When you wear hearing aids to help you hear better for the first time, it takes a little while to get used to them. The first few days with your new devices are very important to your success and happiness because they can affect whether or not you keep using them. These six tips and tricks will help you get used to your new hearing aids as quickly and easily as possible.

This will make it more likely that you’ll enjoy them for years to come. So, you can keep living your life to the fullest because you can hear better. Read on to find out more.

Slowly Build Up the Amount of Time You Wear Your Hearing Aids

Start by using your hearing aid once or twice a day for an hour or two. Do this where it is quiet. You should wear both of your hearing aids at the same time if you have more than one.

When your hearing aids start to feel better, you should start wearing them outside and work up to wearing them all day. You shouldn’t wear them to sleep or to the shower. The more you use your hearing aids, the faster you will get used to them. So, it’s best to keep wearing them as long as possible.

Listen To Everyday Noises

Get used to hearing noises such as the hum of the refrigerator and the kettle boiling. The brain has acclimated to hearing impairment, so it can take some time to rediscover what sounds are essential and when.

Try Having a One-on-One Conversation

It’s possible that you’ll become more aware of the sound of your own voice than you usually are. Some individuals have compared the sound of this to that of an echo, while others have compared it to hearing their voice on an answering machine or recorded message.

Even though it can seem odd at first, this is something that happens very often and is nothing to be concerned about. The more often you use your hearing aids, the more natural all of this will seem to your ears, and having one-to-one conversations is a good way to do this. Make sure that you are in a calm setting that has enough lighting.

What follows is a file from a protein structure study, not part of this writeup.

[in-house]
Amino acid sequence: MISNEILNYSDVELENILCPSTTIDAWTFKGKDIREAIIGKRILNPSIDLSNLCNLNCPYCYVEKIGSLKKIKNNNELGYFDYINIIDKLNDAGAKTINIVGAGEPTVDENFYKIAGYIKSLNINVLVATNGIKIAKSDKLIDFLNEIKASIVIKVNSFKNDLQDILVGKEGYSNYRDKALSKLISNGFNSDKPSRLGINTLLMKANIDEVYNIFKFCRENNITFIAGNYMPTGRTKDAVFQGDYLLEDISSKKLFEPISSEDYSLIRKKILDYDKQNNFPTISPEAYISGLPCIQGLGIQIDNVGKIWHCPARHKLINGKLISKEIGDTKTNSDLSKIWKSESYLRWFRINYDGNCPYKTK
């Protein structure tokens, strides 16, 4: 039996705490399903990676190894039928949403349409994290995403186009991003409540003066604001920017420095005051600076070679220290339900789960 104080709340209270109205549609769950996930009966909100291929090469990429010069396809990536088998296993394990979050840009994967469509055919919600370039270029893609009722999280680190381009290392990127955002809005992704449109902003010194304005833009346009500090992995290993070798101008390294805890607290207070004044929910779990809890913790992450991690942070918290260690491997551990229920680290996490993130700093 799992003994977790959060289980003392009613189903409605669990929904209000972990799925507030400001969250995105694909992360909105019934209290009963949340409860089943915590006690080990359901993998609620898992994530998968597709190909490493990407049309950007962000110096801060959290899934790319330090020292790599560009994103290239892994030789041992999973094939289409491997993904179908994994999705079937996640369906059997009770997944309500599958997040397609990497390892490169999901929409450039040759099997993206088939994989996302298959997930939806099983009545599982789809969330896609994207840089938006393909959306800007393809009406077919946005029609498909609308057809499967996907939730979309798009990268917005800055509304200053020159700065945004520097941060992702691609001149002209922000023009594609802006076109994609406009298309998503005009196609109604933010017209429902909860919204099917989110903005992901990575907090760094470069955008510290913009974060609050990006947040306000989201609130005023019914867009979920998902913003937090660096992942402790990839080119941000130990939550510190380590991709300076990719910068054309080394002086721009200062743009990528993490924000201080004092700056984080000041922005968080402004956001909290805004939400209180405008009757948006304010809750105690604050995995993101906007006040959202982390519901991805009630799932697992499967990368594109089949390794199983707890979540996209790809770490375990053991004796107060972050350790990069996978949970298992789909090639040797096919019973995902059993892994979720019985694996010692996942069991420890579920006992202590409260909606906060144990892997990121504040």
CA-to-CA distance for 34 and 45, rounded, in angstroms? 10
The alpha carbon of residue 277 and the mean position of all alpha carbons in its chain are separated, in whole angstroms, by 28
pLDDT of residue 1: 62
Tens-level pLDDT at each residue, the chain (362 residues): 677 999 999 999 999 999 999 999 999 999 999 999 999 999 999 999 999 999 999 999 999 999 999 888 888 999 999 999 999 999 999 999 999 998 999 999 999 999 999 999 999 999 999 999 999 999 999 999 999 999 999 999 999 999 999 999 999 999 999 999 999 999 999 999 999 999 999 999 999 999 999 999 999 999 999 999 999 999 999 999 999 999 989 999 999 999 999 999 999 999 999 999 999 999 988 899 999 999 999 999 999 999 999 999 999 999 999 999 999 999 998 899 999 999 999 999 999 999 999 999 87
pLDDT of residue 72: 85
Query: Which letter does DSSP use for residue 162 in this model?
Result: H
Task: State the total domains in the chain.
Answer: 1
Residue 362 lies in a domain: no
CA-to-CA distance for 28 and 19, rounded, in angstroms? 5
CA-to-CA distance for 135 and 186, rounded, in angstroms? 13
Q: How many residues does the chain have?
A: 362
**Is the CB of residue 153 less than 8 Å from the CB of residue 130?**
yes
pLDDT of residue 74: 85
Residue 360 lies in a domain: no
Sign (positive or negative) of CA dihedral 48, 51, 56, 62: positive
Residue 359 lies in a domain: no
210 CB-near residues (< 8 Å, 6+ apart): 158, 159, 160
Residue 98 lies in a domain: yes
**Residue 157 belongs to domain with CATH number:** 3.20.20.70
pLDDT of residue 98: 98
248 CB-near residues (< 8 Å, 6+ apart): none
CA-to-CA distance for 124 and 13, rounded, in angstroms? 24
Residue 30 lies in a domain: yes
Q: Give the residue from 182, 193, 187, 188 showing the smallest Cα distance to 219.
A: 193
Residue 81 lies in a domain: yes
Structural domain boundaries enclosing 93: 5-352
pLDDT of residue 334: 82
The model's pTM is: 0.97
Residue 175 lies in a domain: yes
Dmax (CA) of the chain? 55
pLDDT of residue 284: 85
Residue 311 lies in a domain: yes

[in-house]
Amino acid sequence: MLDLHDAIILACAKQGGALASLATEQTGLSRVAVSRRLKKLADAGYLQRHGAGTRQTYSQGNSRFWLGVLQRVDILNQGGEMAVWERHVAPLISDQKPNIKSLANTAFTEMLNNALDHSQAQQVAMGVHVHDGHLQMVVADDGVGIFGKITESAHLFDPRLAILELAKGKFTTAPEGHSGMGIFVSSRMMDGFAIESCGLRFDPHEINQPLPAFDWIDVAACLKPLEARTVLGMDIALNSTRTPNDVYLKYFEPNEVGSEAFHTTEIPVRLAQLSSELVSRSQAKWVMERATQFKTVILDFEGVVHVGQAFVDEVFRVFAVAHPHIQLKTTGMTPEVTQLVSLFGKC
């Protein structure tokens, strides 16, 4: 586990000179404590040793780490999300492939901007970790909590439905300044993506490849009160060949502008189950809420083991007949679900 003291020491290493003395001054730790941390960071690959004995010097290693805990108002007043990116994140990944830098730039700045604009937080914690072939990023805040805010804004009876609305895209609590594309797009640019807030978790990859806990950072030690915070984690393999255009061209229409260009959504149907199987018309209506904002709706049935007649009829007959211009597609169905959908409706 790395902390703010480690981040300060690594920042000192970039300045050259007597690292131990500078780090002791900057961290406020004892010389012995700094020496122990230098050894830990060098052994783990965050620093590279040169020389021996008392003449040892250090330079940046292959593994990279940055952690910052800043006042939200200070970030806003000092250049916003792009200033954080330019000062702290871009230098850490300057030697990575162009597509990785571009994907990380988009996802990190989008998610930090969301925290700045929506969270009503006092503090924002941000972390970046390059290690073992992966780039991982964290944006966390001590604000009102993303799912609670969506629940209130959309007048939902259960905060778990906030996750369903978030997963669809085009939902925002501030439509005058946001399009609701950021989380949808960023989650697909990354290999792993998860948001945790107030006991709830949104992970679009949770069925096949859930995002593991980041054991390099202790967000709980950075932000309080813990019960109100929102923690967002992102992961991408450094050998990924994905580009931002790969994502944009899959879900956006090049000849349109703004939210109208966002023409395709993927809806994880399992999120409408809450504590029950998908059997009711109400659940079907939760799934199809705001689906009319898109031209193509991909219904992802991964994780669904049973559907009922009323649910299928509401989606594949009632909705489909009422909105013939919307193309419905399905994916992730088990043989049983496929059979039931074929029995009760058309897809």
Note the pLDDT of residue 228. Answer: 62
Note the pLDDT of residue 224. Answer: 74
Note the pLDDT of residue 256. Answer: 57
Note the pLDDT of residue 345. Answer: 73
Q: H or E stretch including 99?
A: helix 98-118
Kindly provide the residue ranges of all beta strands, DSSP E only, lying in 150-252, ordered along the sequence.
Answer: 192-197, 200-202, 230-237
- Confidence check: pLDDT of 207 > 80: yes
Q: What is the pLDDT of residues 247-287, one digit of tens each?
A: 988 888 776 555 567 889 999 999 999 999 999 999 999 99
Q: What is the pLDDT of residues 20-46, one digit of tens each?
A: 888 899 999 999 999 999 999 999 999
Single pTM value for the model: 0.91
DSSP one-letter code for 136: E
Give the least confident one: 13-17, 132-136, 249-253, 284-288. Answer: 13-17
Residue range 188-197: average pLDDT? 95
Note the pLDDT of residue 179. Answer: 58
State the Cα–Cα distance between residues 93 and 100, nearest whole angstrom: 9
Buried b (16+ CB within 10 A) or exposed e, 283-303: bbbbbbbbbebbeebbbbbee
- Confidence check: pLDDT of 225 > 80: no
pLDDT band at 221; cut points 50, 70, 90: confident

It is much simpler to lipread the other person if they sit facing you. It is also a good idea to let the other person know that you are still getting accustomed to using your hearing aids and that they should exercise some patience with you as you adjust.

Try Group Conversations

Talk with more than one person at a time. You might find it easier to understand what people are saying and enjoy being in groups more. You might want to tell people that you are still getting used to your hearing aids and that they should still get your attention before talking to you. This means that you can turn around and face them, which will help your hearing aids work better.

Try Using Your Hearing Aid in Noisy Places

The hardest places to listen are places with a lot of noise, like restaurants or train stations. Try these when you feel ready. The more you use your hearing aids, the better you’ll be able to deal with noise in the background.

Learn What’s Normal – and What’s Not

Some of the things that might make you want to take out or stop using your hearing aid are normal, especially in the first few days and weeks while you get used to it. You may have noticed:

  • Your hearing aid is making you feel uncomfortable: You might not like how it feels when you put it in your ear. The expert may tell you to start out by only wearing the device for part of the day until you get used to it.
  • There is noise in the background: Hearing aids can pick up both the sounds you want to hear and the ones you don’t want to hear. Even though this is normal most of the time, you should talk to your audiologist if the sound hurts your ears.
  • You hear a whistling sound as a result of feedback: Your hearing aid may not fit properly or earwax or moisture could be obstructing your ear canal, causing this. Any feedback you hear should be taken care of as soon as possible by contacting your audiologist.

For more information and to have your questions answered, contact the Audiology and Hearing Aid Center at 920-969-1768.

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